Raised in Umtata and East London, 31-year-old banking business manager Lukhanyiso Mgengo currently spends his days amidst the skyscrapers of Manhattan, arguably the heart of global finance. His long term plans, however, include returning to South Africa, as he wants to be part of the stability and growth he foresees for the country.
Mgengo’s career kicked off in asset management when he was employed as a junior consultant for Allan Gray investment company. Moving between analyst roles at other investment banks such as Alexander Forbes and RMB Private Bank, he eventually was employed by Standard Chartered where he started off in Johannesburg as business manager to the chief executive of the bank’s southern African contingent, learning more about regional integration in southern Africa and the rest of the continent.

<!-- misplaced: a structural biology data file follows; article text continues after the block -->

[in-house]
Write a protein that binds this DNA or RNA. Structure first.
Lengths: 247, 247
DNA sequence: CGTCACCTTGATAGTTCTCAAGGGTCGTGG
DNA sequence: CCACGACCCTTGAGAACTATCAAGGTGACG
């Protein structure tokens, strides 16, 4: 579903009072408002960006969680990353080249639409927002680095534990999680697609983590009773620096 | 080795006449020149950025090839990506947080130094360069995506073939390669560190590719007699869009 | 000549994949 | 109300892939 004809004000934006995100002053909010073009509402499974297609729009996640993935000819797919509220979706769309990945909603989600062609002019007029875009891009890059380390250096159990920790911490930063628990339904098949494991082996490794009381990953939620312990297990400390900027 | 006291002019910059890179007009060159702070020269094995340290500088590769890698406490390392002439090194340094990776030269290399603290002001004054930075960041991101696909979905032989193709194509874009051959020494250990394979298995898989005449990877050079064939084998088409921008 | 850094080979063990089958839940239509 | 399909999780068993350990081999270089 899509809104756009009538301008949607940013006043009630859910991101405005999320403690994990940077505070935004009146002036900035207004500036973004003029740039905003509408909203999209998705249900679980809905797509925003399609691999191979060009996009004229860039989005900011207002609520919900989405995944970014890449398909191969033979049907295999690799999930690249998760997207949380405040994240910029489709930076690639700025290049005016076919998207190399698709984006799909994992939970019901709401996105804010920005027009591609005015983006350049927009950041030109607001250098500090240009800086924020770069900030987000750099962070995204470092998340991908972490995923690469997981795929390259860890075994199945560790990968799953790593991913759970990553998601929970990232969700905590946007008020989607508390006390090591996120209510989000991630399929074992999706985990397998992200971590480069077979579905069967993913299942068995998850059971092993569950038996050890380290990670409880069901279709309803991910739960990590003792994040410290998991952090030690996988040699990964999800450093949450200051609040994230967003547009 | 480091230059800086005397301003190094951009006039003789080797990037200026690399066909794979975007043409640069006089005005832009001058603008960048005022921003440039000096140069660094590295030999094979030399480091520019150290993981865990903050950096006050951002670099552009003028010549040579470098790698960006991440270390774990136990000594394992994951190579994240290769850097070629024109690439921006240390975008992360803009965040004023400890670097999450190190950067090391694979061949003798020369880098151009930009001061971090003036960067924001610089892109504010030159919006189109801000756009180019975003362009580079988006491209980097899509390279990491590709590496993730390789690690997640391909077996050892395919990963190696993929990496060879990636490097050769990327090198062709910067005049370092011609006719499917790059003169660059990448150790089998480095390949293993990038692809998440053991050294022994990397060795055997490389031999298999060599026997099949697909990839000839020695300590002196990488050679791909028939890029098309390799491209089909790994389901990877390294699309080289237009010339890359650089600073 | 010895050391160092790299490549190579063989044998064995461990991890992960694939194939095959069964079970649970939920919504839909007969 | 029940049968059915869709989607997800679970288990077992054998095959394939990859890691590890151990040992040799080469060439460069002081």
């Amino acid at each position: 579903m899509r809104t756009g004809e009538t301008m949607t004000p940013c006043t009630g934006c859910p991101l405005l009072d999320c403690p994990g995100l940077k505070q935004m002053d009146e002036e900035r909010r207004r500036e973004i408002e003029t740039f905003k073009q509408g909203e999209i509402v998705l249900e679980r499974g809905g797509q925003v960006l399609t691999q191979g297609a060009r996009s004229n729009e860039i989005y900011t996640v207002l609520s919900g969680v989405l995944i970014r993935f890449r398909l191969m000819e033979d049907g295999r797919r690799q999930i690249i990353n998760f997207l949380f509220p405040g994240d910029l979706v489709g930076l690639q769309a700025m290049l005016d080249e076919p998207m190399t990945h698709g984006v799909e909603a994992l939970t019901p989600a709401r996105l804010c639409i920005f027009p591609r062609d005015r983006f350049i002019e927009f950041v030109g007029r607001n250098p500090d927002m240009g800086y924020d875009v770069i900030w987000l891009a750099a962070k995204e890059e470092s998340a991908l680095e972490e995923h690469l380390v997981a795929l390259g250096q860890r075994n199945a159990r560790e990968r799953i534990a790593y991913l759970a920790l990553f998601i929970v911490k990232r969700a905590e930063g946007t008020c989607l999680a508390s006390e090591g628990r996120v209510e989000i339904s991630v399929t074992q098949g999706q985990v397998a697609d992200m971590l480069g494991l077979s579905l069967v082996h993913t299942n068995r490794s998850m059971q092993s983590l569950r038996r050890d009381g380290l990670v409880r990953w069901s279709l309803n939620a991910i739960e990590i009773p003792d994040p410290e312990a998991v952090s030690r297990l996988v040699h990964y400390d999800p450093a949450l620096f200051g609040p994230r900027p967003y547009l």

His move to New York gave him a new perspective on banking as the United States is a key market for much of global trade and flows. To survive in the hugely competitive financial industry in New York requires self-discipline as it’s a brutal environment and people can be hired and fired at will, he says.
Despite South Africa’s struggling economy, Mgengo sees tremendous potential in the country with small and medium businesses expanding. He also sees the opportunity to contribute in turning small enterprises into sustainable global ones, with his international banking experience.
“All the fundamentals in South Africa are there, once we get accountability, efficiency and allocation right, the economy will easily grow again, and I want to be part of that,” he says.
Having made the leap from Umtata to New York, Mgengo considers mentorship as a critical component to his journey and feels, with reference to the mentorship from Standard Chartered Bank from which he benefitted tremendously, that he has the experience to offer aspects and perspectives that have not previously been considered, to rising young professionals.
— Tehillah Niselow
LinkedIn: Lukhanyiso Mgengo